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We Have No Positive Epistemic Duties

Mark T. Nelson
Mind
New Series, Vol. 119, No. 473 (January 2010), pp. 83-102
Published by: Oxford University Press on behalf of the Mind Association
Stable URL: http://www.jstor.org/stable/40865208
Page Count: 20
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We Have No Positive Epistemic Duties
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Abstract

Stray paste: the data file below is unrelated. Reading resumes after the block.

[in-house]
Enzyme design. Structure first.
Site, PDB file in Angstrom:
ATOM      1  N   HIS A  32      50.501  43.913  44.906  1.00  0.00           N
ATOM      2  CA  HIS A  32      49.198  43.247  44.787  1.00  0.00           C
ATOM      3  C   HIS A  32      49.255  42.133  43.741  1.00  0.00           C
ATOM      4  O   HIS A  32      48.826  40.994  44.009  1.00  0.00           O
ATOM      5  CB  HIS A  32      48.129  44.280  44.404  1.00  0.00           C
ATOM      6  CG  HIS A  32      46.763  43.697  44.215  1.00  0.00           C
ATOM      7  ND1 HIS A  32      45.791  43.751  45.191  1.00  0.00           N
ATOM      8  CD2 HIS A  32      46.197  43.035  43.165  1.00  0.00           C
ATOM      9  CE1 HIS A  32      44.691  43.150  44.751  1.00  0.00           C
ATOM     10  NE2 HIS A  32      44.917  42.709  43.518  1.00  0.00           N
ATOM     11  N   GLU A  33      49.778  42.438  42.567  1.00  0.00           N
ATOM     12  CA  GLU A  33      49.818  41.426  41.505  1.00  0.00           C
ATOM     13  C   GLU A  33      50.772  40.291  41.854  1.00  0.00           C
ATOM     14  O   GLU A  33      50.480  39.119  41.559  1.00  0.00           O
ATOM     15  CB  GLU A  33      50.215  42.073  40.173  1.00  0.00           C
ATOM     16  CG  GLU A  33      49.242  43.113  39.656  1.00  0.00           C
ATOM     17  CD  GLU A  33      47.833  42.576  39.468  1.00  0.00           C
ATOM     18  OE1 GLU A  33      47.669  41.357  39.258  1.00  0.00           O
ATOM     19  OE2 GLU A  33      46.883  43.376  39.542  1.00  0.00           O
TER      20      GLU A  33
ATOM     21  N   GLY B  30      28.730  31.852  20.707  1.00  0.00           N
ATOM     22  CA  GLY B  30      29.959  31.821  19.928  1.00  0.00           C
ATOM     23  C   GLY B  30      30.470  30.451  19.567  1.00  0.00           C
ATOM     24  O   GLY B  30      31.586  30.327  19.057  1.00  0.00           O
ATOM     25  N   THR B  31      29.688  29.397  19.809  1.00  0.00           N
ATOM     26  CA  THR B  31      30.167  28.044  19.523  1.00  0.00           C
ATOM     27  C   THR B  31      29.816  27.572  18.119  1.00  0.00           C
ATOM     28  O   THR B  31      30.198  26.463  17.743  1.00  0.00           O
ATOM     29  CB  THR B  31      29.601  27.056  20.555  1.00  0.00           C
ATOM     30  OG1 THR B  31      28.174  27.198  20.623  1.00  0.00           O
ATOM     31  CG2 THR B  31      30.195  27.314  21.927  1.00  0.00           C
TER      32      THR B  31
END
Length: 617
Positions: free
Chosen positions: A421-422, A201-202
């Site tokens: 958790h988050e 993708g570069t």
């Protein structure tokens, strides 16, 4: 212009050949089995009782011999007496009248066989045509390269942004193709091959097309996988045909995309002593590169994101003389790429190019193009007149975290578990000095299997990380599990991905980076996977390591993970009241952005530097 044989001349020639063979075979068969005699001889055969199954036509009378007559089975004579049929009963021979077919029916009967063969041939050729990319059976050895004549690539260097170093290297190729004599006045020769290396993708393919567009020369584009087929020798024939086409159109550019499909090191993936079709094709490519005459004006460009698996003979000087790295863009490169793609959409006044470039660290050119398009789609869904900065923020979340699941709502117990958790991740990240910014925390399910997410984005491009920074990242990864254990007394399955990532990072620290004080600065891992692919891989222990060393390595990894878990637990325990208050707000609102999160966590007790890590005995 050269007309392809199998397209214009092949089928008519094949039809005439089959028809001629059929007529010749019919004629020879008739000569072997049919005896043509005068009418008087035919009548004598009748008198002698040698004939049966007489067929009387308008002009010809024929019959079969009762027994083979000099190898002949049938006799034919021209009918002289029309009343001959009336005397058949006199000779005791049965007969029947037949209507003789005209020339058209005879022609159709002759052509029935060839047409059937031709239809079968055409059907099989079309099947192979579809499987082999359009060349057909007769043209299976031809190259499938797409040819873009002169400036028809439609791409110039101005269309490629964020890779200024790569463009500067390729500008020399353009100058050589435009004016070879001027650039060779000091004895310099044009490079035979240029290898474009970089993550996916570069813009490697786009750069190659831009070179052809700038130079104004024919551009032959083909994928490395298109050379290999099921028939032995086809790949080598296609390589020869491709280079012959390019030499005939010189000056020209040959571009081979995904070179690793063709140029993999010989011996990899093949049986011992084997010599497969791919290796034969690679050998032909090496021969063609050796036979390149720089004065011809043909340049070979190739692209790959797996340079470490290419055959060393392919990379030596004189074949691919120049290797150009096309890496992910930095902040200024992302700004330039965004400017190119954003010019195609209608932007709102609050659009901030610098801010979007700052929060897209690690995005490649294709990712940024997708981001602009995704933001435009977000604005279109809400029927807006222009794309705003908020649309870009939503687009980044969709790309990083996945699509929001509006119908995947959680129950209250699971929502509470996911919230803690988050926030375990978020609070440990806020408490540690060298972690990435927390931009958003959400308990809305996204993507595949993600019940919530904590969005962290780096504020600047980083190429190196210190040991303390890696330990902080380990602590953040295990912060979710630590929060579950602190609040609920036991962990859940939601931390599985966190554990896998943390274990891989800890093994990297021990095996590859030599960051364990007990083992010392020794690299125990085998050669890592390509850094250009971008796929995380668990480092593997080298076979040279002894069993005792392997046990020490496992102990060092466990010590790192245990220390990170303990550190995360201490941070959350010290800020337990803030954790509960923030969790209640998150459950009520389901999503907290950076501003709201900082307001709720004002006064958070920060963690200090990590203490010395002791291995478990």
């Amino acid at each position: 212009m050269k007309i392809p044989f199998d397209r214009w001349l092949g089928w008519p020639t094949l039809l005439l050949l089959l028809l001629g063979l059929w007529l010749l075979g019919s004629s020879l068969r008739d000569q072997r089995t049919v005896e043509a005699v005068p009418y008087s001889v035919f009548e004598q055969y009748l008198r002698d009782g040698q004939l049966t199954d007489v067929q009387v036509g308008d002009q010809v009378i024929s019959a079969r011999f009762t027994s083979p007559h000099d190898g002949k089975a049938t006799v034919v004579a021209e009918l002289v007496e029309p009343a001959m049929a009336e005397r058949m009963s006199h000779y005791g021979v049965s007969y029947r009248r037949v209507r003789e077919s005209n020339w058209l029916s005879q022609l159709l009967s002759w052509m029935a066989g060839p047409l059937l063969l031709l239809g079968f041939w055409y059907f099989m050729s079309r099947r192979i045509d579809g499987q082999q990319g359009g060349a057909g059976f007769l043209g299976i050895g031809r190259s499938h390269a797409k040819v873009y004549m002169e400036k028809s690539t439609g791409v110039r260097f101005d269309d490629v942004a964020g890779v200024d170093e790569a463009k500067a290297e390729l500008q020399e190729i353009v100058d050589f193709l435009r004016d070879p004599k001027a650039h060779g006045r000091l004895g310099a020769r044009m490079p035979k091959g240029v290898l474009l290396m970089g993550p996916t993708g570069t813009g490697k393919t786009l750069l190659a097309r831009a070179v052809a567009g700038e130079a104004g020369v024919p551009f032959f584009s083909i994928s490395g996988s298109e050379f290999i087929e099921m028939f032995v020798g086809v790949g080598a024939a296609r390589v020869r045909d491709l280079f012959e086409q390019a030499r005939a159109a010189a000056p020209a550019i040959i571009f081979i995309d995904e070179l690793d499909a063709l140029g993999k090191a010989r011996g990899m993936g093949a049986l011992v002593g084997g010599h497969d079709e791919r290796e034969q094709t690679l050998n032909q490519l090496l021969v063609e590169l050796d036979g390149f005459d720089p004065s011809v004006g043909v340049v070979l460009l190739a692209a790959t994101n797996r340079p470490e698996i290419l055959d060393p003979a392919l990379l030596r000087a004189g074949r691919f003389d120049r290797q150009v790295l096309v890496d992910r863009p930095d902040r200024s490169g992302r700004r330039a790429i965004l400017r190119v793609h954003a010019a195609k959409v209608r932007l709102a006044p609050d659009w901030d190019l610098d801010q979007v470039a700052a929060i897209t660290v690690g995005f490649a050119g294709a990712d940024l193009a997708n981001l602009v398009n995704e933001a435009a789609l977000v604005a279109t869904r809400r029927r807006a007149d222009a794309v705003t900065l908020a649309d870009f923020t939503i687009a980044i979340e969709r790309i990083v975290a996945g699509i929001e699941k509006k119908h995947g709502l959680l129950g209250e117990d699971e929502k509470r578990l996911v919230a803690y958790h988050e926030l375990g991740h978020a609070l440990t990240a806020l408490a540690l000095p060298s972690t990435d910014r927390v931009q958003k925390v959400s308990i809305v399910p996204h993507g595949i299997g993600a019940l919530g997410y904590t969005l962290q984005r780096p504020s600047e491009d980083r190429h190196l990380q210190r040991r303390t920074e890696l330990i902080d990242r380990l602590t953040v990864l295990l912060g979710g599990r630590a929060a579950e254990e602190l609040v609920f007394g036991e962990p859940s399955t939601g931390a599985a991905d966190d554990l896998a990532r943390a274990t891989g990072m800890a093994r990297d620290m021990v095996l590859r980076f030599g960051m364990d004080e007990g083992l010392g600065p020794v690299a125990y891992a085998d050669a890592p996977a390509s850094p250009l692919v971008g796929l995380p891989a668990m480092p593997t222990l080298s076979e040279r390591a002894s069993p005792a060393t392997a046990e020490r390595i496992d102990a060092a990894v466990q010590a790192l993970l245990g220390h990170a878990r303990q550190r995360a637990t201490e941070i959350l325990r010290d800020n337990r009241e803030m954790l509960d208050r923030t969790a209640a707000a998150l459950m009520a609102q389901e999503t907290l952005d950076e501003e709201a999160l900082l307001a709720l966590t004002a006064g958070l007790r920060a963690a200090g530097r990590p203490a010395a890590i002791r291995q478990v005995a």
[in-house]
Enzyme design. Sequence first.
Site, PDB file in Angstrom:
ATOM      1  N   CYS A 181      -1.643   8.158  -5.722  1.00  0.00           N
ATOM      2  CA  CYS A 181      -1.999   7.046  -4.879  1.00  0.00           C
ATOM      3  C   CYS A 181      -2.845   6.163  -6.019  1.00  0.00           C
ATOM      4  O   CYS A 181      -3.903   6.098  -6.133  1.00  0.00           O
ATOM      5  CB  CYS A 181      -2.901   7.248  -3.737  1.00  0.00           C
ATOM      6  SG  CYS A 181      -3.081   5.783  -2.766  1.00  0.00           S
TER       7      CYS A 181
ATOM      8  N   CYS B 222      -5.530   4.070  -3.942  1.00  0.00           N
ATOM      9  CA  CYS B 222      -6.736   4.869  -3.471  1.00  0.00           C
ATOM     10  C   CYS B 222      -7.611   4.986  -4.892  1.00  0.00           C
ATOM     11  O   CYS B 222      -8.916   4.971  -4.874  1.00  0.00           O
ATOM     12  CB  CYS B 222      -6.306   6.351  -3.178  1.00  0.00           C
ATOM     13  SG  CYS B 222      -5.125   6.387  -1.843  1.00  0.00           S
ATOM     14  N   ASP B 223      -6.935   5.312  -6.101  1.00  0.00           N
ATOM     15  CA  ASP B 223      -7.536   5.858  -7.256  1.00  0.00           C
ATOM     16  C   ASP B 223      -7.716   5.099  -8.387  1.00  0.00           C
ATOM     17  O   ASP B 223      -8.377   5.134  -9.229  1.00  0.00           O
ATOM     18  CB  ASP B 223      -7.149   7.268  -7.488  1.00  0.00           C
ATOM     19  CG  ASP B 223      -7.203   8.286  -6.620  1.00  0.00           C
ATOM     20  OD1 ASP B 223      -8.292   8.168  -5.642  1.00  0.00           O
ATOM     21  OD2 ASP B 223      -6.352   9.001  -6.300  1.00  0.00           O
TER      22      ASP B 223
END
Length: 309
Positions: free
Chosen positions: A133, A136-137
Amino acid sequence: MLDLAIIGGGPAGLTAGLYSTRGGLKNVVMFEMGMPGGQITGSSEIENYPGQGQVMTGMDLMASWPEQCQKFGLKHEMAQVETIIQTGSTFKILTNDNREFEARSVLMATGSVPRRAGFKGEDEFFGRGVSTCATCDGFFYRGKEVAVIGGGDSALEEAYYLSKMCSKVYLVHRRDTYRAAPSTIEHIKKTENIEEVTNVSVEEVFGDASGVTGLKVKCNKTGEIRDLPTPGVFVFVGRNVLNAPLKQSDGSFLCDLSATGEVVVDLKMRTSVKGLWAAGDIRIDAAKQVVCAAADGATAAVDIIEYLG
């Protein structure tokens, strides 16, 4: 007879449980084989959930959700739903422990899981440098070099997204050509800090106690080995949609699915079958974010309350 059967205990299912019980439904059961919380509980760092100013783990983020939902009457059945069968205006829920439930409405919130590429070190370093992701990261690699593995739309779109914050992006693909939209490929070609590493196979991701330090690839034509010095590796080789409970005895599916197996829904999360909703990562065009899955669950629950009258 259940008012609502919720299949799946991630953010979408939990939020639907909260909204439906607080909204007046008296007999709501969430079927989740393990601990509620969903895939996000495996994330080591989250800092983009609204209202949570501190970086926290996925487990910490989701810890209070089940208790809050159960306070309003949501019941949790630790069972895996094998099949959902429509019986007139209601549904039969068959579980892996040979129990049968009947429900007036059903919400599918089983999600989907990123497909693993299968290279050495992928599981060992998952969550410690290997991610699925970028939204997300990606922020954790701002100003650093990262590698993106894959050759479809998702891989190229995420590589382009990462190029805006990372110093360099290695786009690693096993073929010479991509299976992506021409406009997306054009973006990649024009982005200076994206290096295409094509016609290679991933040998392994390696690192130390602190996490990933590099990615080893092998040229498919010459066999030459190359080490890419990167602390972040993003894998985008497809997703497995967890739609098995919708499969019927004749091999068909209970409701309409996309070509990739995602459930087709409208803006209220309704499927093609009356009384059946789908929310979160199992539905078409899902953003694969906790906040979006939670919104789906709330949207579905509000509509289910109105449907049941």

In ethics, it is commonly supposed that we have both positive duties and negative duties, things we ought to do and things we ought not to do. Given the many parallels between ethics and epistemology, we might suppose that the same is true in epistemology, and that we have both positive epistemic duties and negative epistemic duties. I argue that this is false; that is, that we have negative epistemic duties, but no positive ones. There are things that we ought not to believe, but there is nothing that we ought to believe, on purely epistemic grounds. I also consider why the parallels between ethics and epistemology break down at this particular point, suggesting that it is due to what I call the infinite justificational 'fecundity' of perceptual and propositional evidence.

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